Some DEA Pilots Protest Afghanistan Duty


As the Obama administration increases the Drug Enforcement Administration’s presence in Afghanistan, some special-agent pilots contend that they’re being illegally forced to go to a combat zone, while others say they’re not being properly equipped, McClatchy Newspapers report. In interviews, more than a dozen DEA agents describe a badly managed system in which some pilots have been sent to Afghanistan under duress or as punishment for bucking their superiors.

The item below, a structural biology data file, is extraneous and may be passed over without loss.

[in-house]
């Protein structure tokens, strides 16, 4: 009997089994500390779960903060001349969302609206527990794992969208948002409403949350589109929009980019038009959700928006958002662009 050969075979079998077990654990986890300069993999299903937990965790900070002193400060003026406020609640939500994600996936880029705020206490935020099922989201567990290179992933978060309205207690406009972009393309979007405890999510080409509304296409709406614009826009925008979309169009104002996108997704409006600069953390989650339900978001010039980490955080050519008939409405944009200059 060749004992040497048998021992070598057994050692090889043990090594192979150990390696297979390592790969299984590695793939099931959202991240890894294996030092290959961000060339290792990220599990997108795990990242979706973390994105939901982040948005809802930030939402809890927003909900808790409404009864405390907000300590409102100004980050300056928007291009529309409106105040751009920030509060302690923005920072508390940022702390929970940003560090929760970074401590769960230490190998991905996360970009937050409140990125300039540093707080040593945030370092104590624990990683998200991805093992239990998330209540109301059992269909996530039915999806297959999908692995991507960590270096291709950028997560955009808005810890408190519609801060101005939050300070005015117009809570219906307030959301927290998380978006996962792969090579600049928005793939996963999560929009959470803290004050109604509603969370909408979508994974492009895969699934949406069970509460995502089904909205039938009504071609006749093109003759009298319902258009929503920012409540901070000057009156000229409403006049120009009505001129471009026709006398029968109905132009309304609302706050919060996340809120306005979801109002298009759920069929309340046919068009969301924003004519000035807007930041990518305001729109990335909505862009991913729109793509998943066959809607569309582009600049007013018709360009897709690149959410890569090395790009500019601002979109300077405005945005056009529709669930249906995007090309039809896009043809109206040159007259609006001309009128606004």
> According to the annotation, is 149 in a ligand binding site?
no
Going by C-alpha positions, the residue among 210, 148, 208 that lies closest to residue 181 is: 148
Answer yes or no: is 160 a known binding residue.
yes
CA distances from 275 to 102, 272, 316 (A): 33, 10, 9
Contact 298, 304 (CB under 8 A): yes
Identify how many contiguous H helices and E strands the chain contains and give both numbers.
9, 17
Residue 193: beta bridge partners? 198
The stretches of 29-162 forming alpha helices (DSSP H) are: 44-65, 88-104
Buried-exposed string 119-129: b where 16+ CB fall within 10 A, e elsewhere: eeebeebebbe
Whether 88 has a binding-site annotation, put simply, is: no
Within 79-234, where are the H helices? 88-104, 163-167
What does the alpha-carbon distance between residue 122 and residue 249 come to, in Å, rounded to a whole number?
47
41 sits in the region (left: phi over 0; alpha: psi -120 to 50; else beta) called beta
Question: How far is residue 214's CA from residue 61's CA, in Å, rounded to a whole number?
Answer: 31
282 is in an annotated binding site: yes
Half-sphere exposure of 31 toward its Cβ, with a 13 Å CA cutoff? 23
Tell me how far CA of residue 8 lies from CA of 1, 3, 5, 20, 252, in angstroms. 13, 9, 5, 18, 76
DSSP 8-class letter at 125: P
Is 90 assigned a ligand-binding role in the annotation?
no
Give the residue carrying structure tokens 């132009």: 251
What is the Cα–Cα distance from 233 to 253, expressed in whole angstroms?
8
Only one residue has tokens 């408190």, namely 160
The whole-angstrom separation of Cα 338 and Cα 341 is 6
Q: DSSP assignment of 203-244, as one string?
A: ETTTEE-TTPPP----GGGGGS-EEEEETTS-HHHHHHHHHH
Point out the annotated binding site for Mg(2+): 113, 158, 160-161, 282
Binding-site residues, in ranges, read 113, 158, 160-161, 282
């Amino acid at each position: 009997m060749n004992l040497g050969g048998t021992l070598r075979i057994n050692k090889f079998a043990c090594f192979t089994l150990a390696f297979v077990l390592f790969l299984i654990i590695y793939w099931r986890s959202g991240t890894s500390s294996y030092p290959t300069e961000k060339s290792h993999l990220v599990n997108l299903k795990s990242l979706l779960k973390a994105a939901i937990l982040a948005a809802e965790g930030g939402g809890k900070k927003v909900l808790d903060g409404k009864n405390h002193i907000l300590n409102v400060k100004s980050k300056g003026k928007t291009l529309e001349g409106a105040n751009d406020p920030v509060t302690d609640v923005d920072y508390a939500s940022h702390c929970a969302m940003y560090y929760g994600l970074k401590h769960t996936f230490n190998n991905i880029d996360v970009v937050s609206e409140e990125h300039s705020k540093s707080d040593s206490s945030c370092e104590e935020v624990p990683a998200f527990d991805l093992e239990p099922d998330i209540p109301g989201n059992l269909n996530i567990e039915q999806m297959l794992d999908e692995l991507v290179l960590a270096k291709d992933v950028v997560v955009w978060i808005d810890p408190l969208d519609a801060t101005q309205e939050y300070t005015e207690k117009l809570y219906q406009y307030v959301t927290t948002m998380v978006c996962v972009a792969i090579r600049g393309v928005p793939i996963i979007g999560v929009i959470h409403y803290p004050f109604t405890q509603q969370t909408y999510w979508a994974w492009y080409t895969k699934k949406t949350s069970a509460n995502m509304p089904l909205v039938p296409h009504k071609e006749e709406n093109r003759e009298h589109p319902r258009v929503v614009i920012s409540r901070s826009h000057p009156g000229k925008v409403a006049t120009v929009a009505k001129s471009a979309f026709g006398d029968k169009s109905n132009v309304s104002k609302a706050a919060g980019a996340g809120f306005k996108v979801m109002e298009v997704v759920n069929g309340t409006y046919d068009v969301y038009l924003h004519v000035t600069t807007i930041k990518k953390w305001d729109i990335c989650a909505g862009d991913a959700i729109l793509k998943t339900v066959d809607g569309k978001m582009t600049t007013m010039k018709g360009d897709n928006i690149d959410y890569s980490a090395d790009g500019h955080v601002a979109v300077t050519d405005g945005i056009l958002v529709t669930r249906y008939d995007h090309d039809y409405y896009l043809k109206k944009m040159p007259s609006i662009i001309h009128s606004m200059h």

Such complaints could complicate the Obama administration’s efforts to send dozens of additional DEA agents to Afghanistan as part of a civilian and military personnel “surge” that aims to stabilize the country.Veteran DEA pilot Daniel Offield alleged in an employment discrimination complaint he was told if he refuses to go to Afghanistan in July he’ll be demoted. The Stockton, Ca., agent asked for a reprieve because he was in the process of adopting two special-needs children and offered to serve his required temporary duty in other countries. Agents said supervisors told them that working in dangerous countries is part of their job requirements, but Offield’s attorney said such compulsory duty violates a 2008 federal law that requires civilian personnel to serve voluntarily. “The DEA is not only violating the law,” said Richard Margarita, a former DEA agent and county prosecutor. “They could very well be sending Dan Offield to his death.”

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